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Week #4:

 

Got my 38 short colt load dialed in. Made it to the range once, but was mostly working with the chronograph, rather than on any particular skills. At least now that’s done, so can move on to other stuff. I know this is a boring diary right now, but it’s serving the purpose of keeping me on task. I have about a month before my last match of the year (level 2 out of state), so I could work specifically on reloads, and if I can get comfortable with them, I think I’ll run in the revolver division, rather than production. However, at my weekly match this week, and possibly another level 2 in a couple weeks, I’ll probably still run the auto just for fun. Then I’ll start getting serious!

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Week #5:

 

I’m getting a dry fire routine set up. Got Stoeger’s dry fire book, and already had Anderson’s book as well. So between those two, I hopefully should be good for the next year. I hit my goal for the year, and that was C class. Granted, it was in Production and not Revolver, so maybe doesn’t fit well into this diary entry. I have too many interests and not the time to pursue them all. Anyway, I am looking at only a few matches left this year (live in a cold climate), so as I start thinking about goals for next year (which would be my third):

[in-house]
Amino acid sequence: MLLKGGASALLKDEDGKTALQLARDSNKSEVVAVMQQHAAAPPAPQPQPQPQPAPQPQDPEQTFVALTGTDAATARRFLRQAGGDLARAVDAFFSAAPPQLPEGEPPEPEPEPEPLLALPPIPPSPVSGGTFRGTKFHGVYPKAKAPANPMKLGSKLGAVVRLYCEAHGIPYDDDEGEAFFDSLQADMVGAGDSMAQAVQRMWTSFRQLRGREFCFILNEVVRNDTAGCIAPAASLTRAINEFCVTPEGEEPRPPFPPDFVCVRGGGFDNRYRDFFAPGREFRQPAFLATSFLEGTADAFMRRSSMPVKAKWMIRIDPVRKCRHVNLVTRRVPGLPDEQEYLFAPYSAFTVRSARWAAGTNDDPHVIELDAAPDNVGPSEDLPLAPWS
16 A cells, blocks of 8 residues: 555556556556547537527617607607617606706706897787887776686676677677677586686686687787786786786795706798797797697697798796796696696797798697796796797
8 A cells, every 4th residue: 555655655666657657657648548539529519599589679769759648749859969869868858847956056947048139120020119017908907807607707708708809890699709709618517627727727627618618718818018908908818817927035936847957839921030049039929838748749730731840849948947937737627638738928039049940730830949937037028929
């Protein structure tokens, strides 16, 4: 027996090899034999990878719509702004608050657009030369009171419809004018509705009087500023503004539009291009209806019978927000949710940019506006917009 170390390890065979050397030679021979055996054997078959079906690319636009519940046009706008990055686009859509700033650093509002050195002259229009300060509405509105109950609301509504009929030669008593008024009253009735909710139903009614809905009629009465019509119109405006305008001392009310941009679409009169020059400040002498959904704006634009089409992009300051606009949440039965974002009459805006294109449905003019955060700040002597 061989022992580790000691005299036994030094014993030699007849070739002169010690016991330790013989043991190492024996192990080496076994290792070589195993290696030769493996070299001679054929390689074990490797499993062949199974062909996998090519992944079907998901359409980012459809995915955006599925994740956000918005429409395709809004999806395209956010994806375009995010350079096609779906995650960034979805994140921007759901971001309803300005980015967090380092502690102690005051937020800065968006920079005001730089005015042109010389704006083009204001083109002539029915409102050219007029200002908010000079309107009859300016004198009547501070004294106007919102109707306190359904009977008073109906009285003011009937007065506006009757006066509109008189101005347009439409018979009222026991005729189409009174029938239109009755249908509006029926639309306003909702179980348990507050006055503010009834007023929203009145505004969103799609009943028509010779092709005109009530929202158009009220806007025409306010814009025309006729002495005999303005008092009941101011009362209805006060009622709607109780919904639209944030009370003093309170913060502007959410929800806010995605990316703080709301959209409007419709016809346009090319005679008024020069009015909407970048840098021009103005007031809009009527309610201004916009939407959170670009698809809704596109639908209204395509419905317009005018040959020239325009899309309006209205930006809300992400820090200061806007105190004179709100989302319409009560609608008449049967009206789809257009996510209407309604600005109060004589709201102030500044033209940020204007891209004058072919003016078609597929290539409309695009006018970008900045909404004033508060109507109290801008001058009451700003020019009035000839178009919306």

Year 1 - D class, Revolver

Year 2 - C class, Production

Year 3 - A class, Limited

 

Yes, for a goal I skipped right past B class. Is this realistic? I don’t know right now. In all honesty, B class is a long way off for me. However, I haven’t really done a consistent dry fire program, so I know there are gains to be had. Anyway, I think I’ll let this diary die a quick death right now, but may resurrect it in the future as I gravitate back to the wheel gun. Thanks to everyone who has taken the time to read these entries. Hopefully I can get better at general skills that will cross over between the divisions.

 

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revos are hard. But you're sure to improve your ranking now that you have an 8 shot.

Are you actually a 33%? I mean classifier scores don't matter a whole lot, unless you're only interested in the piece of paper. Matches are where it helps, and you gotta shoot against other revos. Again, the 8shot should help. And 99% of the revo guys I know shoot for accuracy and sorta leave speed to all the dudes running guns that allow for makeup shots, so if you focus on accuracy you should be good. Not sure shooting other guns is gonna help with revo scores because it's almost an entirely different game with wheelguns.

What area of the country are you in?